By the way, you can grab Lavasoft Ad-Aware Pro for free in our Rewards section. It's just 500 points!


antivirus software comparison

Avast! features an interface that appears smooth and modern relative to most competitors. Its large window includes a lot of free white space and provides all the information you need to know about your computer's current protection.
I really like the software's real-time shield menu. It lumps all of the different threat vectors which Avast! protects against into one menu and shows you how much of each have been scanned. It even updates in real-time as new potential threats are checked.
Advertising is included but is mostly restricted to the installation process and the main menu. The computer scan and real-time shield menus, which users will deal with most frequently, are devoid of ads.
A full scan of our test drive required about 15 minutes, the second-best result. The background process required 3.5 megabytes of RAM at idle, which is technically the middle result.
Avast! missed about 2% of all samples thrown at it in the last AV-Comparatives malware detection test, an average result. The last AV-Test comparison agreed with those findings.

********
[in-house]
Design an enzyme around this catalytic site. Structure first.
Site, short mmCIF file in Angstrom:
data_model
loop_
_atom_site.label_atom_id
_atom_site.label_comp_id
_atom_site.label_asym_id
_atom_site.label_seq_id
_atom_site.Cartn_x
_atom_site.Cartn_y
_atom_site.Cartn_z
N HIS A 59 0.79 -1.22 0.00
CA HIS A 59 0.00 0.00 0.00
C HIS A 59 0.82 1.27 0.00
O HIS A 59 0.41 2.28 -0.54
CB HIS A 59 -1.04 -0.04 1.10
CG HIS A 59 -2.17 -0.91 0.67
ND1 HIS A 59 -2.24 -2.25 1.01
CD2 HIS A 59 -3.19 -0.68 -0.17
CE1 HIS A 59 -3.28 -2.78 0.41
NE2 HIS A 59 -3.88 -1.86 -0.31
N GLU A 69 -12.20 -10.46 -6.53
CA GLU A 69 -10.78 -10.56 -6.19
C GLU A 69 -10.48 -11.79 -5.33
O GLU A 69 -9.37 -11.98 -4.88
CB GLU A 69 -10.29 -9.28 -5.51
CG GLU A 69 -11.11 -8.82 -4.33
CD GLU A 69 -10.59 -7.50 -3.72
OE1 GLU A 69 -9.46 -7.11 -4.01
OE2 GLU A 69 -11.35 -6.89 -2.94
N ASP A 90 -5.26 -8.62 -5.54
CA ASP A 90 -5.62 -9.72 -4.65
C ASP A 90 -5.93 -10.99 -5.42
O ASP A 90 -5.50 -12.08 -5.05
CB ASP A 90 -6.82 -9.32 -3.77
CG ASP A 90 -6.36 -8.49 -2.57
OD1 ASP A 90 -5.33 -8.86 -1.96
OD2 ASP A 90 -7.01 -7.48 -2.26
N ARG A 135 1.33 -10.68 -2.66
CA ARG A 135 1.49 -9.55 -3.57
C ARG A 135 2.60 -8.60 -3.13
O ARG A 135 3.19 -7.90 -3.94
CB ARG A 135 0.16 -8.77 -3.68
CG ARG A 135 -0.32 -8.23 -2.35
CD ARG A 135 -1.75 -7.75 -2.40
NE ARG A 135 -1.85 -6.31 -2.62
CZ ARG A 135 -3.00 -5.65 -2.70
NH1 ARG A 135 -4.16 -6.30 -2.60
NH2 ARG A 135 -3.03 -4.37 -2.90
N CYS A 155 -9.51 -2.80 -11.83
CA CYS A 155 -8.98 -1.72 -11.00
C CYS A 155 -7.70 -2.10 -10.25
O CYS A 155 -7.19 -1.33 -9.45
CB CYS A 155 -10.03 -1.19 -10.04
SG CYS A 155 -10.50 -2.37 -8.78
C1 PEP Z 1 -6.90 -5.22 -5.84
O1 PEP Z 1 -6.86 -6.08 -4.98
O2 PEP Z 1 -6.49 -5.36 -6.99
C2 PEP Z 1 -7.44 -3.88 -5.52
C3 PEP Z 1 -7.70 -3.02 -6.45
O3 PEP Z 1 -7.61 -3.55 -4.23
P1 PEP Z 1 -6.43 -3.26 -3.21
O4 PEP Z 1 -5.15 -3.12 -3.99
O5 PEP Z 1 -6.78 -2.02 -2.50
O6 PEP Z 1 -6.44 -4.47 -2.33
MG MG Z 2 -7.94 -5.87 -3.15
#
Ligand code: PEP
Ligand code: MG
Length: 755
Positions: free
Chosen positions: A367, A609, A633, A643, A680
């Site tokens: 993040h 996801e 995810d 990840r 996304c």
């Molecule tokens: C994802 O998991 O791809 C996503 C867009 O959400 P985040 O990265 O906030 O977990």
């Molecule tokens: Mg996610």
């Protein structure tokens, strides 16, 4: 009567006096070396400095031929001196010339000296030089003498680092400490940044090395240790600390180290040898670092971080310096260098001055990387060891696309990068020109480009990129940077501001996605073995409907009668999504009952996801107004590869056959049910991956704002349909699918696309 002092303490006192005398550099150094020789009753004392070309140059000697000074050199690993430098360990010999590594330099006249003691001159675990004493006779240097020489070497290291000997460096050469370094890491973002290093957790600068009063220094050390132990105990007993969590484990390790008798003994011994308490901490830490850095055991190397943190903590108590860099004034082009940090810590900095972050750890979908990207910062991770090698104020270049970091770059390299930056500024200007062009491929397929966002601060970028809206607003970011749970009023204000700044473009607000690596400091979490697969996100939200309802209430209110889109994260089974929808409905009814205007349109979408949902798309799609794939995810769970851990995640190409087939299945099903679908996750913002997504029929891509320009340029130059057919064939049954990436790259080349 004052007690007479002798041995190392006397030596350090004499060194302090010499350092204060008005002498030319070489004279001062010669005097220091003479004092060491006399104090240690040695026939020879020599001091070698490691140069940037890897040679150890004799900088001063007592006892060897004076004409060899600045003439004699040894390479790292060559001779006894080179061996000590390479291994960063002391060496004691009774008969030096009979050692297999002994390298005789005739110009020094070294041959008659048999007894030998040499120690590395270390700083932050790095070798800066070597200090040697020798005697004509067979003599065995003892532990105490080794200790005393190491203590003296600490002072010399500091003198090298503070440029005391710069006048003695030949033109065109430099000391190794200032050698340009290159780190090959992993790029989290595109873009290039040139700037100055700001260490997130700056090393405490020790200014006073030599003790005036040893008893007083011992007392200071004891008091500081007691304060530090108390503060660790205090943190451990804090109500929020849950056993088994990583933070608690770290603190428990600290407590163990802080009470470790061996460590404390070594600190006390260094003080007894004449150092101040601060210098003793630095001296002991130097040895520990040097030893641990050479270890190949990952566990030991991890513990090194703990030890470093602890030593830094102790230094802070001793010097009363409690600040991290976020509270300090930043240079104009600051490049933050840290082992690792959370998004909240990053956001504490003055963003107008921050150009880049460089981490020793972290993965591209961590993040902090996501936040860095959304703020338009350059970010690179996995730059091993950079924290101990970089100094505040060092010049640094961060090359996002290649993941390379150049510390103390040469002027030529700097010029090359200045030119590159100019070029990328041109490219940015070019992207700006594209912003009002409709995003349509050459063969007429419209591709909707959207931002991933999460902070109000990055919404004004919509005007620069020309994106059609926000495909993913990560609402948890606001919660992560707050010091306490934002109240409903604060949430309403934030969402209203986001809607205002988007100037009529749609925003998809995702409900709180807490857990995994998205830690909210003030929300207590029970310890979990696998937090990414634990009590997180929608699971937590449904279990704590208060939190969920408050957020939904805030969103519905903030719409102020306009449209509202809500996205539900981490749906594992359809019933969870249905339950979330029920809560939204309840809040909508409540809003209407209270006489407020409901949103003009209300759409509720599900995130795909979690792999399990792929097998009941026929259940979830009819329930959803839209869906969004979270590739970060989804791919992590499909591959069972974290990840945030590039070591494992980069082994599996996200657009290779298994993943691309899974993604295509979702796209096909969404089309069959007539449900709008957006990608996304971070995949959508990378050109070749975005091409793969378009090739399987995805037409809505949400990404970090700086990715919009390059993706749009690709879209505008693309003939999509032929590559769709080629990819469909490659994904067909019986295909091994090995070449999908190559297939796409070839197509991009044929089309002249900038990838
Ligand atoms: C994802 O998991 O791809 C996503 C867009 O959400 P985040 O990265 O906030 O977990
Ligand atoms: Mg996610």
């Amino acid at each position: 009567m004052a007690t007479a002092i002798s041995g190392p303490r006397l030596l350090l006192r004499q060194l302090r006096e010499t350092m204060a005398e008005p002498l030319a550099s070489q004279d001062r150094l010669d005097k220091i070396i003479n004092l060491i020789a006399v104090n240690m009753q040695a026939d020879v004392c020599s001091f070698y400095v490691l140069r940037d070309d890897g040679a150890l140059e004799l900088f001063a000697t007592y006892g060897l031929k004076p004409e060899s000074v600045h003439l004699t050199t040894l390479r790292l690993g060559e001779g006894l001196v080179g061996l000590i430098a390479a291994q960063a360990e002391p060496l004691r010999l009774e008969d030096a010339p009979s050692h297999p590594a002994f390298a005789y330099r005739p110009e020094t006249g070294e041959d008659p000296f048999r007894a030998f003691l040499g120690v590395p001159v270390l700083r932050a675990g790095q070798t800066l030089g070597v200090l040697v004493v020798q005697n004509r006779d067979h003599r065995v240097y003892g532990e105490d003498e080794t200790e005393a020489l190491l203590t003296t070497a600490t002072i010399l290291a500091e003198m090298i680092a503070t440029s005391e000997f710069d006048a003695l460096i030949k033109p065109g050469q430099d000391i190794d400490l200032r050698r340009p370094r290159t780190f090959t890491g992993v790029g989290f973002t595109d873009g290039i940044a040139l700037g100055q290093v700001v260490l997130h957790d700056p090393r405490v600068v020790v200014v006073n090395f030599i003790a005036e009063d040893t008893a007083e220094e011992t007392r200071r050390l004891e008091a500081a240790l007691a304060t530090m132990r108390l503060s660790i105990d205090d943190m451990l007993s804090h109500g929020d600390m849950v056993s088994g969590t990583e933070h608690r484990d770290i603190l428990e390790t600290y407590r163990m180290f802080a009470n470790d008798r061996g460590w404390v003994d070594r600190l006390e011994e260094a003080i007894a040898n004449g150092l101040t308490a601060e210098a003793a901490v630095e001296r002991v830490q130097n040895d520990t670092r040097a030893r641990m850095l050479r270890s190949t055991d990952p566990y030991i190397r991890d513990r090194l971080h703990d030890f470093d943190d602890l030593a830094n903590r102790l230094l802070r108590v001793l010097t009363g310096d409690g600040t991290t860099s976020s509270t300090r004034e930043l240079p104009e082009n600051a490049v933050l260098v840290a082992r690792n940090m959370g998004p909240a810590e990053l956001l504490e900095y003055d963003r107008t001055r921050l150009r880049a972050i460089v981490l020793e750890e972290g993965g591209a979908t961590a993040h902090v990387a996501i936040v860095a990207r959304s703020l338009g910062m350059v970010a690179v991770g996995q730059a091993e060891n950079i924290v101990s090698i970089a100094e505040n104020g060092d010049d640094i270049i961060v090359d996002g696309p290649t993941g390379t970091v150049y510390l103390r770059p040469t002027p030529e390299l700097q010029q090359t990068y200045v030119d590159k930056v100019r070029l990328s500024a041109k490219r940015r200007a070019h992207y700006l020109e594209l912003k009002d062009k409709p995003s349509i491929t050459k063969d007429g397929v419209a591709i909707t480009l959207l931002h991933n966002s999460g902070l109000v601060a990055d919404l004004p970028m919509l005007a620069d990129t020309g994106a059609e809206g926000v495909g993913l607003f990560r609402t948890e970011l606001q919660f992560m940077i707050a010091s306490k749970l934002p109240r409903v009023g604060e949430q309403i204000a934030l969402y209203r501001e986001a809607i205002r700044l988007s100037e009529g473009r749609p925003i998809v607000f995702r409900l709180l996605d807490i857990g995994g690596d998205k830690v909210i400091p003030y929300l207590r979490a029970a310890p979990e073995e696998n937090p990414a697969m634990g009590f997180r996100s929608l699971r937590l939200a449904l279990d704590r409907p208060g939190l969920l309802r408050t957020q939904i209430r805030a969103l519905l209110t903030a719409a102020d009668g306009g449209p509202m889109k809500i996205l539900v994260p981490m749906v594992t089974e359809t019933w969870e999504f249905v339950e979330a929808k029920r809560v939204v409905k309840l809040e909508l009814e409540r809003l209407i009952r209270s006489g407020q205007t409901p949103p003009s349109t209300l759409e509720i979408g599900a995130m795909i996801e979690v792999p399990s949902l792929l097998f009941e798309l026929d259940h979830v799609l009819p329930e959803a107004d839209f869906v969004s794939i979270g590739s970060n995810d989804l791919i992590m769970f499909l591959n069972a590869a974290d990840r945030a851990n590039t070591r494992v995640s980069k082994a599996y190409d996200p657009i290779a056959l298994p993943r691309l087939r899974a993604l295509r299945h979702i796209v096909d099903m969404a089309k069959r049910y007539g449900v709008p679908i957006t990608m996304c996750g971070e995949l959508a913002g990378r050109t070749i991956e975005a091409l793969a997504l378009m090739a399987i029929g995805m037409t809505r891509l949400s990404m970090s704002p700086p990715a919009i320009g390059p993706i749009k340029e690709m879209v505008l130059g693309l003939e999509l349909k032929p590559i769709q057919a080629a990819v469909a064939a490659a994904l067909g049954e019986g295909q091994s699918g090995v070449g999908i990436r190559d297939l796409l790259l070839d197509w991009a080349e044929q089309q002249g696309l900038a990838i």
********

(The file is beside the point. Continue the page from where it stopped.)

antivirus software comparison

The interface of AVG is simple. It provides a list of icons, each representing a form of protection, and places the scan functions to the sidebar.  The "Scan Now" link is literal. Click on it, and AVG will starts to work on your entire computer without any additional prompts.
While the basic anti-virus features are easy to use the additional components are a bit bewildering. AVG includes everything from e-mail protection to rootkit protection. A lot of these components are handicapped, however, and direct you to buy one of AVG's paid solutions. Other icons direct users to AVG products on other platforms, like Android.
AVG posted the least impressive scan time result. It required almost 23 minutes to chew through our 500GB test drive - about 75% longer than the quickest competitor. The background process, however, was the second smallest. It consumed just 2.4 megabytes of RAM at idle.
AV-Comparative's last file detection test found that AVG missed about 3.5% of all threats thrown at it, one of the least impressive scores in the test group. AV-Test, however, found that the software detected 99% or recent threats in its last round-up.


antivirus software comparison

Avira has a confusing interface. For example, performing a specific scan requires that the user go to the System Scanner menu, then click on an option, then click a very small magnifying glass icon. Alternatively you can click the gear button on the main menu, but this opens up another menu that declares you must be in "expert mode" to change settings. Uh, what is expert mode? The big fat "Scan!" button used by competitors is more intuitive.